Gyeongbokgung palces is the oldest, biggest & most popular place among 4 places (Gyeongbokgung , Changdeokgung, Changgyeonggung, Deoksugung, gyeonghuigung) of Lee Dynasty capital city (1392~1960).
Gyeongbokgung palace history
Gyeongbokgung palace was completed in 1395 as a main political, staying places of the Lee royal family. But This palaces was destroyed by fire during the Imjin War (1592-1598), and remained under the disrepair for around 270 years. However, all of the palace buildings were later restored under the leadership of Heungseondaewongun in 1867 to strengthen the power of royal family. But during the Japan Korea government, In 1990, has made the detailed plan to complete restoration of the palace which is still on-going.
Gyeongbokgung palace main Buildings
It is the main gate of the Gyeongboggung Palace with a double-roofed pavilion over three arched openings set in a high stone foundation. The king used the central arch, while the crown prince and officials entered through the openings on either side. The gate pavilion housed a bell, which announced the time of day. The original gate had been moved to the north of Geonchunmun Gate, the east gate of the Palace, when the headquarters of the Japanese Government-General in Korea was built right behind Gwanghwamun Gate in the 1920s. Bombed during the Korean War(1950-1953), the pavilion of the original gate was destroyed and the stone foundation was severely scarred. Gwanghwamun Gate was rebuilt in 1968 as a concrete structure but restored to its original shape as a wooden and granite structure in 2010.
It is the Throne Hall, where the king granted audiences to his officials, presided over large official functions and met foreign envoys. Geunjeongjeon Hall is the largest and most formal hall in gyeongbokgung Palace. The two-tier edifice stands on a high platform reached by stone steps. There is a spacious courtyard in front, where important events were held, and corridors enclose it.
Geunjeongmun Gate is situated at the center of the southern corridors. On the left of this gate is Ilhwamun Gate and on the right Wolhwamun Gate. Yungmunnu Pavilion is located in the eastern corridor and Yungmuru Pavilion in the west.
Geunjeongmun Gate, the entrance to the Throne Hall enclosure, was where the king and his officials gathered for weekly meetings. The king faced the south sitting on a throne installed in the middle part of Geunjeongjeon Hall Gate, and the officials lined up in the Hongnyemun(now Heungnyemun Gate) Gate enclosure to offer their formal greetings. In other words, Geunjeongmun Gate was not simply a gate but the place where political activities start.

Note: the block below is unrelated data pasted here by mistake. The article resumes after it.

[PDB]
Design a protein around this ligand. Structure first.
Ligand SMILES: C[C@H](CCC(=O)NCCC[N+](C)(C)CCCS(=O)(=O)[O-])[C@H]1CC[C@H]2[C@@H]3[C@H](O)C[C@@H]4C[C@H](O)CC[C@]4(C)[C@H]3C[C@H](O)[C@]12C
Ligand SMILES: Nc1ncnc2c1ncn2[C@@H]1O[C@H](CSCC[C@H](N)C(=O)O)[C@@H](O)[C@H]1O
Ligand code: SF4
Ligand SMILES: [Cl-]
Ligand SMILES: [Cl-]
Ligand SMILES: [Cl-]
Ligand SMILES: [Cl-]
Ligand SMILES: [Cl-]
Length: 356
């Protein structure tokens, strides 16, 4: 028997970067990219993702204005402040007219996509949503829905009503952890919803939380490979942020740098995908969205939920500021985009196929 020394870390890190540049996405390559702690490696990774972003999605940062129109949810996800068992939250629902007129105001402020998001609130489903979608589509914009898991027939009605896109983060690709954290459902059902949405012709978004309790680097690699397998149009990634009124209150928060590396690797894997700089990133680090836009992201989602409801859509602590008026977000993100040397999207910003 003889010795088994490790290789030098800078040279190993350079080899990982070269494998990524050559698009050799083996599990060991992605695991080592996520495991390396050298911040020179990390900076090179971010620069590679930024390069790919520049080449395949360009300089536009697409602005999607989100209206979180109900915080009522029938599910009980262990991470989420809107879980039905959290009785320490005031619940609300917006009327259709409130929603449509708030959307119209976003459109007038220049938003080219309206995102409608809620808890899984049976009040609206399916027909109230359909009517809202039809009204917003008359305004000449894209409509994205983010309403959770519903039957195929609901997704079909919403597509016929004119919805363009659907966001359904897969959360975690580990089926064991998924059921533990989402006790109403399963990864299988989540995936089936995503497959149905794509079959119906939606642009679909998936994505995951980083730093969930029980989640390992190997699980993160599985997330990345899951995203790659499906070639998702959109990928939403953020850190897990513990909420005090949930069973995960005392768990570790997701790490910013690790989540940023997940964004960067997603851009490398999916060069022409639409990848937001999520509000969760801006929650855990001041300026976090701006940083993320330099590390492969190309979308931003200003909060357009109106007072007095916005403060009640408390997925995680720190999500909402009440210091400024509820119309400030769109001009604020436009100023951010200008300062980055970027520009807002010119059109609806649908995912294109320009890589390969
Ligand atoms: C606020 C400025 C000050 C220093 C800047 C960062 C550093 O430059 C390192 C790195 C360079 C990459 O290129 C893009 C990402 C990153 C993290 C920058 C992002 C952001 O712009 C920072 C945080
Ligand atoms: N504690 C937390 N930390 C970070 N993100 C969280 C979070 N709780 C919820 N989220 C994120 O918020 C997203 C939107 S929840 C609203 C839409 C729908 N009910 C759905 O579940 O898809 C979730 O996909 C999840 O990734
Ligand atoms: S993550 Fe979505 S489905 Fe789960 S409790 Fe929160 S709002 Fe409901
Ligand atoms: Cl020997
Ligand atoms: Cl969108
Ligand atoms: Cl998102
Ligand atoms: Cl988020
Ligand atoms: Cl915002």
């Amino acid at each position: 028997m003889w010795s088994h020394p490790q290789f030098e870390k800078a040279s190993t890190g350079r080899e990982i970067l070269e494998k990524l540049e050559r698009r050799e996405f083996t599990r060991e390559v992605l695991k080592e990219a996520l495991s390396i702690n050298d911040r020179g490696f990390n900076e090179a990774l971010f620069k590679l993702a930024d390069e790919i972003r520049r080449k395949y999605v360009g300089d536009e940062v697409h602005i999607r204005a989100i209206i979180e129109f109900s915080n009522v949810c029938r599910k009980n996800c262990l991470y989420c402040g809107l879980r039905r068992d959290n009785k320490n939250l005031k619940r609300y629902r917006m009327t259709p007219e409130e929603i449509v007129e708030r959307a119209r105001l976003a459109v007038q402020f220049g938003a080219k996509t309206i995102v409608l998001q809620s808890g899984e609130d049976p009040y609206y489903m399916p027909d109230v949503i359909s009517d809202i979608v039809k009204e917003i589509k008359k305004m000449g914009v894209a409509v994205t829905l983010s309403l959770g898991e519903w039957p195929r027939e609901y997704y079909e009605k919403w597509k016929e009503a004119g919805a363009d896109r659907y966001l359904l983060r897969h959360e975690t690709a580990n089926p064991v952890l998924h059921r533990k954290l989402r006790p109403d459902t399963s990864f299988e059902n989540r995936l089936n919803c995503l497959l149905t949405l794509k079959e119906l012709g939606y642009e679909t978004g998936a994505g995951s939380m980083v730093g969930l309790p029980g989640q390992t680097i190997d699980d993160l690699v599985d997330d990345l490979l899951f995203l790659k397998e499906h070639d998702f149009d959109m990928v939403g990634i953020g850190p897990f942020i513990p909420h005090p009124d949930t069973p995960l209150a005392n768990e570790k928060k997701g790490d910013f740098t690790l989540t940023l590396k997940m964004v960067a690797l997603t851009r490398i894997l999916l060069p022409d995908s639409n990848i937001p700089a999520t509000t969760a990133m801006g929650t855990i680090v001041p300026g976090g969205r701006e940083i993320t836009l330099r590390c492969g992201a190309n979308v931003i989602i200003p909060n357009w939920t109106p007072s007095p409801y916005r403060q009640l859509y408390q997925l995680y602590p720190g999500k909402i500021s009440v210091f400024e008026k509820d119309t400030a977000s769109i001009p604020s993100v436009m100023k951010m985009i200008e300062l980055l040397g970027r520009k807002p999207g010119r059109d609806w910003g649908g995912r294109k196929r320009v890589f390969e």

Gyeonghoeru Pavilion, a pavilion located on a pond to the west of the living quarters, was built as a venue for feasts for foreign envoys and for the king and his court officials.When gyeongbokgung Palace was constructed, a small pavilion was built there, but in 1412(the 12th year of King Taejong), the pond was enlarged and a pavilion of the current size was built. This pavilion tilted, so it was rebuilt during King Seongjong’s reign(r. 1469-1494). At the time, the stone pillars were decorated with dragons and flowers. During Yeonsangun’s reign(1494-1506), The hills called Mansesan were created on the other two smaller man-made islets decorated with artificial flowers. All those were burned down in a fire during the Japanese Invasions(1592-1598). Although the pavilion disappeared, kings would periodically officiate at rites to pray for rain at the pond until gyeongbokgung Palace was rebuilt in the late 19th century.
Hyangwonji Pond and Hyangwonjeong Pavilion
In 1873, when King Gojong built Geoncheonggung Palace, he had a pond dug to the south, with an islet created in the middle. A two-tier hexagonal pavilion, built on the islet, was named Hyangwonjeong Pavilion and the wooden bridge leading to it was called Chwihyanggyo.Chwihyanggyo Bridge was the longest wooden bridge constructed on a pond during the Joseon Dynasty. At present, the wooden bridge from the south provides access to the islet, but the bridge was originally on the north side to be reached from Geoncheonggung Palace. In 1953, the bridge was moved to the south side of the pond. The sources of the pond are underground water and a spring coming down from the mountain at the back of the Palace. The water eventually flows into the pond where Gyeonghoeru Pavilion stands.
Gyeongbokgung Palace Special Evening Admission
Time : 19:00 to 21:30, 09:00~ 17 or 18:00 ( seasonal reason)
Ticket fee : 3000 KRW (adult), 1500Krw ( to 18 age old)
* If you wearing the Korean traditional clothes, It is free but limited 500 persons per a night). You can rend it, many shops nearby. Foreigner can get the ticket at Gyeongbokgung palace ticket box
Telephone: 1330 Travel Hotline: +82-2-1330 (Korean, English, Japanese, Chinese)
• For more info: +82-2-3700-3918
Hanbok rental & photo shoot
Hanbook rental & photo shoot is very popular events of Gyeongboggung palace. There are many Hanbok rental shops.
The price per a person about 10000 ~50000Krw according to rental time. In average, Hanbok rent fee is about 10000~15000 Krw per a time up to Hanbok quality.
In a google map, you could search it by ” Gyeongboggung palace Hanbok rental shop”
Transportaion “how to get Gyeongboggung palace”
It is located in Seoul downtown. The most easy way to get there is Subway in Seoul. In a Google map, search “Gyeongboggung subway station” From the subway station, it would take about in 10 minutes by walking.